After some success in light Broadway comedies he went to Hollywood in 1931,[6] where he acquired the name Cary Lockwood. He chose the name Lockwood after the surname of his character in a recent play called Nikki. He signed with Paramount Pictures, but while studio bosses were impressed with him, they were less than impressed with his adopted stage name. They decided that the name Cary was acceptable, but Lockwood had to go due to a similarity with another actor’s name. It was after browsing through a list of the studio’s preferred surnames, that “Cary Grant” was born. Grant chose the name because the initials C and G had already proved lucky for Clark Gable and Gary Cooper, two of Hollywood’s biggest movie stars.

Already having appeared as leading man opposite Marlene Dietrich in Blonde Venus (1932), his stardom was given a further boost by Mae West when she chose him for her leading man in two of her most successful films, She Done Him Wrong and I’m No Angel (both 1933).[8] I’m No Angel was a tremendous financial success and, along with She Done Him Wrong, which was nominated for an Academy Award for Best Picture, saved Paramount from bankruptcy. Paramount put Grant in a series of unsuccessful films until 1936, when he signed with Columbia Pictures. His first major comedy hit was when he was loaned to Hal Roach‘s studio for the 1937 Topper (which was distributed by MGM).

Under the tutelage of director Leo McCarey, his role in The Awful Truth (1937) with Irene Dunne was the pivotal film in the establishment of Grant’s screen persona; as he later wrote, “I pretended to be somebody I wanted to be and I finally became that person. Or he became me. Or we met at some point.” The Awful Truth began “what would be the most spectacular run ever for an actor in American pictures”;[6] during the next four years, Grant made the screwball comedy Bringing Up Baby and the romance Holiday (1938) with Katharine Hepburn; the adventures Gunga Din and Only Angels Have Wings (1939); His Girl Friday (1940) with Rosalind Russell; The Philadelphia Story (1940), with Hepburn and James Stewart; and Suspicion (1941), the first of four with Alfred Hitchcock.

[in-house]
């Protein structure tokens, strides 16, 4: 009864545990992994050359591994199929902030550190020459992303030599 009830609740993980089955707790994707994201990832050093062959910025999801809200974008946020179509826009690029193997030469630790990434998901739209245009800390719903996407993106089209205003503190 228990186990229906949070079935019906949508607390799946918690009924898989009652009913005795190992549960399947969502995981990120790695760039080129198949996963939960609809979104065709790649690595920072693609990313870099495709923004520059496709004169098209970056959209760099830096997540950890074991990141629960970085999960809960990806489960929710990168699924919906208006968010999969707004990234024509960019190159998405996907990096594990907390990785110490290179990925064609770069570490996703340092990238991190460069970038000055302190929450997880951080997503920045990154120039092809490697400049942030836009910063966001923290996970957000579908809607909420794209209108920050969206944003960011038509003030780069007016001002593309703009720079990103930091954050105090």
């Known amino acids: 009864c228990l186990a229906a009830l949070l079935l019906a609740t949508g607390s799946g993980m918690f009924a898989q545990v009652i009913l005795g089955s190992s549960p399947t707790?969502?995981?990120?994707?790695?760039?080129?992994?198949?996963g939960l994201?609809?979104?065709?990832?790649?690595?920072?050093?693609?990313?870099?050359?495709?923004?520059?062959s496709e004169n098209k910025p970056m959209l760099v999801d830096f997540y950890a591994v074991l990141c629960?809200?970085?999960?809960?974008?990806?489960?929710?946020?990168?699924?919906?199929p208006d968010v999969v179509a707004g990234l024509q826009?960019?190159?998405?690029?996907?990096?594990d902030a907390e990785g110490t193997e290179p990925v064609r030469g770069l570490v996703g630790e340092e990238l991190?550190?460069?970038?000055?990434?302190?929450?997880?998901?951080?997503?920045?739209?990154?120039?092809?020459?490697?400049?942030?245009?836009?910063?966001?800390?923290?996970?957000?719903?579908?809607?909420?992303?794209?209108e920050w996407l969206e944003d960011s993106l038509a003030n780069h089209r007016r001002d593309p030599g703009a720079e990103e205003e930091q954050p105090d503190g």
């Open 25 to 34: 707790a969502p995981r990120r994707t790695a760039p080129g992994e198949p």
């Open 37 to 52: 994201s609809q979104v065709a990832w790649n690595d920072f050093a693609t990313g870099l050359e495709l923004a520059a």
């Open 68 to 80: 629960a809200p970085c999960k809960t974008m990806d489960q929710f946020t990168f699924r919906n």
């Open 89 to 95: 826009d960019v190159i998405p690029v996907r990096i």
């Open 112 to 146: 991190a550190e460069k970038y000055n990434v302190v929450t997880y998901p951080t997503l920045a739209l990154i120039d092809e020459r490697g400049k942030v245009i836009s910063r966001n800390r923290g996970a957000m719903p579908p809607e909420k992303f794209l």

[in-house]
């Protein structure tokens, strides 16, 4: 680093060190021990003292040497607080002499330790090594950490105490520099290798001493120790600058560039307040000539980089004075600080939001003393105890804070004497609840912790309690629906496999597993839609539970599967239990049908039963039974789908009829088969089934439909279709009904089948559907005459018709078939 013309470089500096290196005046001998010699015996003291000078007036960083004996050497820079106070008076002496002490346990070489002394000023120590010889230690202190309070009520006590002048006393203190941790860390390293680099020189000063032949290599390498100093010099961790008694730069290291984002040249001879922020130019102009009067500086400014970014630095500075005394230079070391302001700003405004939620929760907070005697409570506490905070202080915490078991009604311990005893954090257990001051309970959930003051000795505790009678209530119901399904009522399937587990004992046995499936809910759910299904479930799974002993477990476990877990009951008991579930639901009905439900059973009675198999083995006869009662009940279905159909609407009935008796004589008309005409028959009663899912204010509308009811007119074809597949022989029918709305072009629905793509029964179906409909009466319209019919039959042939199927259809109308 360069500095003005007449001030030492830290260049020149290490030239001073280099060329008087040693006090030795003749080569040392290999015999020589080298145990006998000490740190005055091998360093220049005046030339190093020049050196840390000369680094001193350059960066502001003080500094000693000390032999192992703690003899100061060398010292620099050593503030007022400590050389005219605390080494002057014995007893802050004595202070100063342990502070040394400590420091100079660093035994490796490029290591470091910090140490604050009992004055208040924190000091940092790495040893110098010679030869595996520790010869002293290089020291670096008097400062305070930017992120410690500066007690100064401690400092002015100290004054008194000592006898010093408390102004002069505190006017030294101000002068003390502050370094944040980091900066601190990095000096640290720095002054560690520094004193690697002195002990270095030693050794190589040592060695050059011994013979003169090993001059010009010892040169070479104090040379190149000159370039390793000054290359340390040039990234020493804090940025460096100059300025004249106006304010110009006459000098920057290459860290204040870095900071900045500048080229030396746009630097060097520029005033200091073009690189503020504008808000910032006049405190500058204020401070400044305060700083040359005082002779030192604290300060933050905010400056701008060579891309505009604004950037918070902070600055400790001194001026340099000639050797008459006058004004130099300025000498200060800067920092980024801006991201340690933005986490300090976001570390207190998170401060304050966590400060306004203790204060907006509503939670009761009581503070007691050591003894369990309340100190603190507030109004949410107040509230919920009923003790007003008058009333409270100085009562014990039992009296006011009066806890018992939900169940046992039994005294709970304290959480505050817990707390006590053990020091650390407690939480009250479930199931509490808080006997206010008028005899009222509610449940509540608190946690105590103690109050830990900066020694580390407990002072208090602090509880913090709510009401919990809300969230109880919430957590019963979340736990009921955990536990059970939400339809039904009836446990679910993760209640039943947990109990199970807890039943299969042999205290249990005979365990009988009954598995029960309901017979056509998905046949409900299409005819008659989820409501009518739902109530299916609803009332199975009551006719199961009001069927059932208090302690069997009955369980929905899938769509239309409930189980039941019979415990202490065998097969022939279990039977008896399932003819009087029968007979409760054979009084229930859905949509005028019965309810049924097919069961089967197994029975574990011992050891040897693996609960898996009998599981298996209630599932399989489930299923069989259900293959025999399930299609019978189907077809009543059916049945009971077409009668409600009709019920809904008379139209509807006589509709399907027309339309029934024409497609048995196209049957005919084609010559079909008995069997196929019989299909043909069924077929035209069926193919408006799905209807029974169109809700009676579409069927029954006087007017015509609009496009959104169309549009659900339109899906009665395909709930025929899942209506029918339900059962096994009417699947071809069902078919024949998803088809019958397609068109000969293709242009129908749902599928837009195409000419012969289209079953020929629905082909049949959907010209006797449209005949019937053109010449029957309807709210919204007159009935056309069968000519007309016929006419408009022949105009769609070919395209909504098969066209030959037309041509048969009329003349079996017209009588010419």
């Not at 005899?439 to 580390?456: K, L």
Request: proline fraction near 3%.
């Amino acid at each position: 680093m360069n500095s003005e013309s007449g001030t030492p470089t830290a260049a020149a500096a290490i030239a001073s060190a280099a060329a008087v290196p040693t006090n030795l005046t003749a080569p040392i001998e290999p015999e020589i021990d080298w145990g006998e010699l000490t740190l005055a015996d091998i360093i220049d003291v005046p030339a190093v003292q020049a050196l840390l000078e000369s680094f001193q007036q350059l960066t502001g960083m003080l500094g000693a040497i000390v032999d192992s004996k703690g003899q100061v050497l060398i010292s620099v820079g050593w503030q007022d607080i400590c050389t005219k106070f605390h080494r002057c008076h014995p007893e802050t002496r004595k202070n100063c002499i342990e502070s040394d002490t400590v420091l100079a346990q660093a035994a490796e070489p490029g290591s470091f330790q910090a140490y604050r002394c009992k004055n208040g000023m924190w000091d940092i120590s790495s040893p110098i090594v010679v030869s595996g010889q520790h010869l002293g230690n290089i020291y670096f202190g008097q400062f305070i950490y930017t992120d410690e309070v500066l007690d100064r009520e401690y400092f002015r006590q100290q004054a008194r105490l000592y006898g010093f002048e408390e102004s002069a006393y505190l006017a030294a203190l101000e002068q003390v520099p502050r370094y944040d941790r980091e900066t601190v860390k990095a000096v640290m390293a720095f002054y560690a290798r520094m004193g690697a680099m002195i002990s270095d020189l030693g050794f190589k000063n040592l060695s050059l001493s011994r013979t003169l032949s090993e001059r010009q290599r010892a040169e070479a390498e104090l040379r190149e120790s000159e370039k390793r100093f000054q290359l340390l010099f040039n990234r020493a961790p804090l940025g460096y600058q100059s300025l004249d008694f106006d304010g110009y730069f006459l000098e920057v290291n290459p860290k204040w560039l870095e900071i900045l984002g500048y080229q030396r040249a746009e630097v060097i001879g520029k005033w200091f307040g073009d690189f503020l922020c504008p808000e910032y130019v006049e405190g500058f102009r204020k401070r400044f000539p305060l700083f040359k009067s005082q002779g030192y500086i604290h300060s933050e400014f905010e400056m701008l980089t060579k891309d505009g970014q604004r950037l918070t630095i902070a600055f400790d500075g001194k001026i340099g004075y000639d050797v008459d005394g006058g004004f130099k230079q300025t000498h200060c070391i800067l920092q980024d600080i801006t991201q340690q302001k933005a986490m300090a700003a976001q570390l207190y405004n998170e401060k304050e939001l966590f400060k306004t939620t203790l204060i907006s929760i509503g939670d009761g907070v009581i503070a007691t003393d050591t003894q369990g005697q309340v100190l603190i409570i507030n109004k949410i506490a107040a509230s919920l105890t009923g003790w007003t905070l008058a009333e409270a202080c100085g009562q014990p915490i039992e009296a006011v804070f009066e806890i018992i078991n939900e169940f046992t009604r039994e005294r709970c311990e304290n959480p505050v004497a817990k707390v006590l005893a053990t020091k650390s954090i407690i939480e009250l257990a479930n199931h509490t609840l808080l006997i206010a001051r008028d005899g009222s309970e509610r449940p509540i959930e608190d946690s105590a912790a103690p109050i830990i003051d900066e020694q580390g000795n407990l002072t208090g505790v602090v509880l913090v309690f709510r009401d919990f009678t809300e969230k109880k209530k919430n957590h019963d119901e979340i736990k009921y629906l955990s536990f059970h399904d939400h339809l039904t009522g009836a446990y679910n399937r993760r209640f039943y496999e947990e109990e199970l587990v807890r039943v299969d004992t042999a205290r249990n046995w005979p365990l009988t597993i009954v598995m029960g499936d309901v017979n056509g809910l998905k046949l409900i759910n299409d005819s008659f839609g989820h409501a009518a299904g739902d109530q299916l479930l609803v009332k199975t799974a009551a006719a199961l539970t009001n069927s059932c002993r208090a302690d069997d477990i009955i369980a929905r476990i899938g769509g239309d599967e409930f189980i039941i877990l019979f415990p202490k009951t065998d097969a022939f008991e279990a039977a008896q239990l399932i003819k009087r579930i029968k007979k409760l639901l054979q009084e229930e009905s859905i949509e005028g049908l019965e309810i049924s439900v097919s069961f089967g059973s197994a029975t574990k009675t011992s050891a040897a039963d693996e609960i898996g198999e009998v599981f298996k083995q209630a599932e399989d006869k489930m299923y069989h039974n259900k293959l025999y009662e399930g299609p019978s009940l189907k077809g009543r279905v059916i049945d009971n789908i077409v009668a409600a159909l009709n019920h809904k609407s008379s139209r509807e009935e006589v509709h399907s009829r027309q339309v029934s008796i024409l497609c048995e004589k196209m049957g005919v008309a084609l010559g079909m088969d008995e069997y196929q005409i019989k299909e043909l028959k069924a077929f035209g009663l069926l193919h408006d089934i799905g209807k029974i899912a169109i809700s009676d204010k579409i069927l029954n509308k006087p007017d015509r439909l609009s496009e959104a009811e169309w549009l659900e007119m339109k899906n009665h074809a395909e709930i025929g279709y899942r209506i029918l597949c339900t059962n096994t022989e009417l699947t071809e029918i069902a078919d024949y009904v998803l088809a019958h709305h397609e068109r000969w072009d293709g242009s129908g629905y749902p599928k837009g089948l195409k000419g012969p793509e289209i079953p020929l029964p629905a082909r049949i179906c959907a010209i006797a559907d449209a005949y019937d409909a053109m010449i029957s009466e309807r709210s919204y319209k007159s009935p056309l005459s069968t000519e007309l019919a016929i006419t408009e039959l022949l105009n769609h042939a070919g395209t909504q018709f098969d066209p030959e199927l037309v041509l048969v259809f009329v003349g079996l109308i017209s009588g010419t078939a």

Grant remained one of Hollywood’s top box-office attractions for almost 30 years.[6] Howard Hawks said that Grant was “so far the best that there isn’t anybody to be compared to him”.[9] David Thomson called him “the best and most important actor in the history of the cinema“.[6]

as John Robie in Alfred Hitchcock‘s
To Catch a Thief (1955)

Grant was a favorite of Hitchcock, who called him “the only actor I ever loved in my whole life”.[10] Besides Suspicion, Grant appeared in the Hitchcock classics Notorious (1946), To Catch a Thief (1955) and North by Northwest (1959). Biographer Patrick McGilligan wrote that, in 1965, Hitchcock asked Grant to star in Torn Curtain (1966), only to learn that Grant had decided to retire after making one more film, Walk, Don’t Run (1966); Paul Newman was cast instead, opposite Julie Andrews.[11]

In the mid-1950s, Grant formed his own production company, Grantley Productions, and produced a number of movies distributed by Universal, such as Operation Petticoat (1959), Indiscreet (1958), That Touch of Mink (co-starring with Doris Day, 1962), and Father Goose (1964). In 1963, he appeared opposite Audrey Hepburn in Charade (1963). His last feature film was Walk, Don’t Run (1966) with Samantha Eggar and Jim Hutton.

Grant was the first actor to “go independent” by not renewing his studio contract, effectively leaving the studio system,[6] which almost completely controlled what an actor could or could not do. In this way, Grant was able to control every aspect of his career, at the risk of not working because no particular studio had an interest in his career long term. He decided which movies he was going to appear in, he often had personal choice of the directors and his co-stars and at times even negotiated a share of the gross, something uncommon at the time.

Grant was nominated for two Academy Awards in the 1940s, and received a special Academy Award for Lifetime Achievement in 1970. In 1981, he was accorded the Kennedy Center Honors. Never self absorbed, Grant poked fun at himself with statements such as, “Everyone wants to be Cary Grant—even I want to be Cary Grant”.[12] After receiving a telegram from a magazine editor asking “HOW OLD CARY GRANT?” Grant was reported to have responded with “OLD CARY GRANT FINE. HOW YOU?”[13]

Retirement and death

Statue of Cary Grant in Millennium Square, Bristol, England

Although Grant had retired from the screen, he remained active in other areas. In the late 1960s, he accepted a position on the board of directors at Fabergé. By all accounts this position was not honorary, as some had assumed, Grant regularly attended meetings and his mere appearance at a product launch would almost certainly guarantee its success. The position also permitted use of a private plane, which Grant could use to fly to see his daughter wherever her mother, Dyan Cannon, was working. He later joined the boards of Hollywood Park, Western Airlines (now Delta Air Lines), and MGM.[14]